Competitive inhibition of the hydrolysis of 2 mM PNPX by the recombinant β-xylosidase was determined in the presence of 0 to 20 mM xylobiose, d-xylose, cellobiose, and d-glucose. The Km value for cell wall-bound recombinant Xlo2 β-xylosidase on PNPX was determined to be 0.4 mM (5). To determine the approximate Km value of the recombinant Xlo2 β-xylosidase on its natural substrate, xylobiose, the apparent inhibition constant, Ki(app), for xylobiose as competitive inhibitor for β-xylosidase on PNPX can be determined from the equation (27)
When the PNPX concentration (2 mM) and Km for PNPX (0.4 mM) are substituted into the equation, it can be simplified to
The plot of (vo/vi) − 1 versus the xylobiose concentration (Fig. (Fig.3B)3B) was linear and thus allows the determination of the Ki(app) for Xlo2 as 0.167/slope. The slope was determined by linear regression in Sigmaplot for Windows (version 4.0), and the Ki(app) values for xylose and xylosidase were determined as 8.33 and 6.41 mM, respectively. Glucose and cellobiose did not act as competitive inhibitors of PNPX in the 0 to 20 mM range (Fig. (Fig.33B).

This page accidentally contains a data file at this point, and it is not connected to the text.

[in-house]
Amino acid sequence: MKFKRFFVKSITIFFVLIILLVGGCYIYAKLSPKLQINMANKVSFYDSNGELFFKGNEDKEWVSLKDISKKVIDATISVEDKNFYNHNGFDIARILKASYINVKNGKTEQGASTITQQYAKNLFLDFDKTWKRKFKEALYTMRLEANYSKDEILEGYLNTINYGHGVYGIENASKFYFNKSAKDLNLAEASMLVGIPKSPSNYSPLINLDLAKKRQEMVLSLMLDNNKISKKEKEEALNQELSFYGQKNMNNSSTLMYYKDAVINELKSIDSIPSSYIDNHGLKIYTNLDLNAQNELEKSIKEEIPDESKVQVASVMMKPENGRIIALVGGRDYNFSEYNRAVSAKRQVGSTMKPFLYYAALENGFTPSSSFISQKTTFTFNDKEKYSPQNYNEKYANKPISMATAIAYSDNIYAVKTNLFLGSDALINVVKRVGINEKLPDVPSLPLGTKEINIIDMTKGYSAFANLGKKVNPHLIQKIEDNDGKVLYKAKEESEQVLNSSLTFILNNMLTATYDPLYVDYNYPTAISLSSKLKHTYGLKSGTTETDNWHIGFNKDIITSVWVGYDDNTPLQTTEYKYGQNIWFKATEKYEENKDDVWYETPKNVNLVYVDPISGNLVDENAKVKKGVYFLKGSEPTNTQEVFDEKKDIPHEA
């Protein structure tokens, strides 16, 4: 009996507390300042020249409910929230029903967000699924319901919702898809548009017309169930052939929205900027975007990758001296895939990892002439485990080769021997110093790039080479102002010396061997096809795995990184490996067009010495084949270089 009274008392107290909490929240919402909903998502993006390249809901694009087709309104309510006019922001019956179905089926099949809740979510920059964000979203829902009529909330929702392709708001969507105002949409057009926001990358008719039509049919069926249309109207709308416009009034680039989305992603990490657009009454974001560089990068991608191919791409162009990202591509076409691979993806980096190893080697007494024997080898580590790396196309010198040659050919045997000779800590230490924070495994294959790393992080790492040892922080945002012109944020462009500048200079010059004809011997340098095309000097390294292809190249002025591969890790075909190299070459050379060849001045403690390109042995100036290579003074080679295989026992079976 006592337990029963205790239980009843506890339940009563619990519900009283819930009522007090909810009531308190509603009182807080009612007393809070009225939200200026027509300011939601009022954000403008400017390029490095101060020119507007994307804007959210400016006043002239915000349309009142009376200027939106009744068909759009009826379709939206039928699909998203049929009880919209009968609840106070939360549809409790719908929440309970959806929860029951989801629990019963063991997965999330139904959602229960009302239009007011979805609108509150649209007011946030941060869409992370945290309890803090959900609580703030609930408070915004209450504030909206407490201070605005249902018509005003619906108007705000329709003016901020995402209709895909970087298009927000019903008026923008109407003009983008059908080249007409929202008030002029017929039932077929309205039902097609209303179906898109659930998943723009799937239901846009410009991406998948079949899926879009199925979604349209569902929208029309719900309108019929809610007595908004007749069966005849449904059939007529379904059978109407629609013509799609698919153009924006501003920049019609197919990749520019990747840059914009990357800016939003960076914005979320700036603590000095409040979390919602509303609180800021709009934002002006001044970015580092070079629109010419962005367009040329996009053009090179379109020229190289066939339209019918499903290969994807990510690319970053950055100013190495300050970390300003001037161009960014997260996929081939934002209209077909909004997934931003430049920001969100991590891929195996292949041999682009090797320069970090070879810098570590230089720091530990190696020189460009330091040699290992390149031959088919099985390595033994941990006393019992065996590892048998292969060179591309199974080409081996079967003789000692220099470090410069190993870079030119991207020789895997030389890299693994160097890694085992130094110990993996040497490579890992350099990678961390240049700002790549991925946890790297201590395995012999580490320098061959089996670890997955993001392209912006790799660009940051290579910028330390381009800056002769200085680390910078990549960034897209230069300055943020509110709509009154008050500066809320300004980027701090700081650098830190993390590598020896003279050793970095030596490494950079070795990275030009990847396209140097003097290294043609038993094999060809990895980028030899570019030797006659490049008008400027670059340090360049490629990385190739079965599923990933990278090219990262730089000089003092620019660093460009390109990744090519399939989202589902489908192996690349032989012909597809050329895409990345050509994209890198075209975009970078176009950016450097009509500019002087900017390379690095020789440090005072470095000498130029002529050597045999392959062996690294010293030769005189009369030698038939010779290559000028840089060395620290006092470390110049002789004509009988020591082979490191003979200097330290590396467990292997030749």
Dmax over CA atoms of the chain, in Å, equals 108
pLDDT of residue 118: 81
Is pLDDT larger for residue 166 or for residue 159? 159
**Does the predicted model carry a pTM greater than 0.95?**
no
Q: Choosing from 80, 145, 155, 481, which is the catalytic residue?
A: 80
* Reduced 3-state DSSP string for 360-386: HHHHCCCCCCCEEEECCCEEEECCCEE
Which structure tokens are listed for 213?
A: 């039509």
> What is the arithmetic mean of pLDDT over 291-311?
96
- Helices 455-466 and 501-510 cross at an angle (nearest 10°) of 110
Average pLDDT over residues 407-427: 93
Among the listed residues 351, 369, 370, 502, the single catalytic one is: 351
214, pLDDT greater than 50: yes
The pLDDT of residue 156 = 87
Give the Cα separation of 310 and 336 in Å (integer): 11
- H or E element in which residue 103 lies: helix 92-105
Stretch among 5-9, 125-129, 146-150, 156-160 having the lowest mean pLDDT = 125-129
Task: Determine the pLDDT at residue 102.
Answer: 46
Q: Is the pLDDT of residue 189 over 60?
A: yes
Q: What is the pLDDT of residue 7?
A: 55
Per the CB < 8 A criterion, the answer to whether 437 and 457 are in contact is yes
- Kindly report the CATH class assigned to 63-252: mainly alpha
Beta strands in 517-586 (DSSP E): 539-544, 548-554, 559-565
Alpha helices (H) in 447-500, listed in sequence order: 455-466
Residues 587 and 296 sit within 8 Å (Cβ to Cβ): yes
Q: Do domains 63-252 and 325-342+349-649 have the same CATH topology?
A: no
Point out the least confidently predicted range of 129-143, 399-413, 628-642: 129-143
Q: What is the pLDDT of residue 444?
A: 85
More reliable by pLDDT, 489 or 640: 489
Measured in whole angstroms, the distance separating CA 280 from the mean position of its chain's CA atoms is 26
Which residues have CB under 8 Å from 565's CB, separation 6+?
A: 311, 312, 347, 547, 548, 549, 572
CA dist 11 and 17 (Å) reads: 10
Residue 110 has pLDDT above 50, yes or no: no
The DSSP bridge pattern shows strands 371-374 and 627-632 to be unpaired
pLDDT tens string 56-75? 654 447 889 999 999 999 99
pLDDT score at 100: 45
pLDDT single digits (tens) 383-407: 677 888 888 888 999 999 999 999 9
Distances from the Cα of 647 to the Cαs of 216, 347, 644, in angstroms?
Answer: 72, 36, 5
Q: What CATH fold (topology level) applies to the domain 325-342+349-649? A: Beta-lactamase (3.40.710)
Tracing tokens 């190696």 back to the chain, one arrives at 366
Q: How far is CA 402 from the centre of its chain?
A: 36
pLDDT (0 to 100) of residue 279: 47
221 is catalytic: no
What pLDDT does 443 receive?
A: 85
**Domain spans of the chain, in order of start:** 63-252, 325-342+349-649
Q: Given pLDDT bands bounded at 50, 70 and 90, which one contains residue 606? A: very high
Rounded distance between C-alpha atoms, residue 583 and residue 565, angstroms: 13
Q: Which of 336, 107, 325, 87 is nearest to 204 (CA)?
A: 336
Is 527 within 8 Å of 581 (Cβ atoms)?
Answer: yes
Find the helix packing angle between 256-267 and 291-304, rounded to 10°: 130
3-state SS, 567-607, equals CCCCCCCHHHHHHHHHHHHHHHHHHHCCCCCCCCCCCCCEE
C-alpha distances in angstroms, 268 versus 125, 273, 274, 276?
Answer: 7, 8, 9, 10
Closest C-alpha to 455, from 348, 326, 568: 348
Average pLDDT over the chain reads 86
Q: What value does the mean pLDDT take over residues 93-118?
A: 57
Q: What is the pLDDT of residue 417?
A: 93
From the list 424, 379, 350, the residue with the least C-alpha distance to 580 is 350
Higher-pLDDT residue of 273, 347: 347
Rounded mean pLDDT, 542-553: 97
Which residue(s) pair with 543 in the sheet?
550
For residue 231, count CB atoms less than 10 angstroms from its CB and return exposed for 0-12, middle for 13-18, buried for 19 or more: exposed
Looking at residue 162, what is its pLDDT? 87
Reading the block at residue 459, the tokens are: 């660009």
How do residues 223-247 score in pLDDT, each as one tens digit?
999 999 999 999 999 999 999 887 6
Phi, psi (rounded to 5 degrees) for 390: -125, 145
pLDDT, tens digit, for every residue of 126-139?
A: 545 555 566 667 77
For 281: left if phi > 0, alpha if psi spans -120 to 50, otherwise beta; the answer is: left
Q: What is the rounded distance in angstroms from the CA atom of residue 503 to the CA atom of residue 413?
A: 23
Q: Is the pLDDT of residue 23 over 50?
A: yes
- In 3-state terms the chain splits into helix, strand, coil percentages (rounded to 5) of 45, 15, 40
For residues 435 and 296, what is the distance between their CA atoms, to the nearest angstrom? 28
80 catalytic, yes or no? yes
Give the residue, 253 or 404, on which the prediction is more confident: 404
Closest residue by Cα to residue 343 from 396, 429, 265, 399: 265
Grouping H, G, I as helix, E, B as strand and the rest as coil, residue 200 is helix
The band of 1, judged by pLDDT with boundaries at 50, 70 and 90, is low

The production of β-xylanase and β-xylosidase, as well as the cell growth of the different recombinant yeast strains, was monitored over a 160-h period (Fig. (Fig.4).4). Relatively high levels of β-xylanase activity were recorded in Y294 (XYN2) and Y294 (XYN2 XLO2) at ca. 72 h of growth (Fig. (Fig.4A).4A). After 72 h, the activity still increased gradually to reach a maximum of 1,577 and 860 nkat/ml in Y294 (XYN2) and Y294 (XYN2 XLO2), respectively. The β-xylosidase activity in Y294 (XLO2) and Y294 (XYN2 XLO2) increased rapidly to reach its maximum of 5.3 and 3.5 nkat/ml, respectively, after only 48 h of growth (Fig. (Fig.4B).4B). The activity subsequently decreased and stabilized at a constant level of about 2 nkat/ml in both strains. In all three recombinant strains expressing the T. reesei β-xylanase and/or the A. niger β-xylosidase gene, reduced cell yield rates were obtained compared with the parental strain containing plasmid pDLG1 (Fig. (Fig.4C).4C).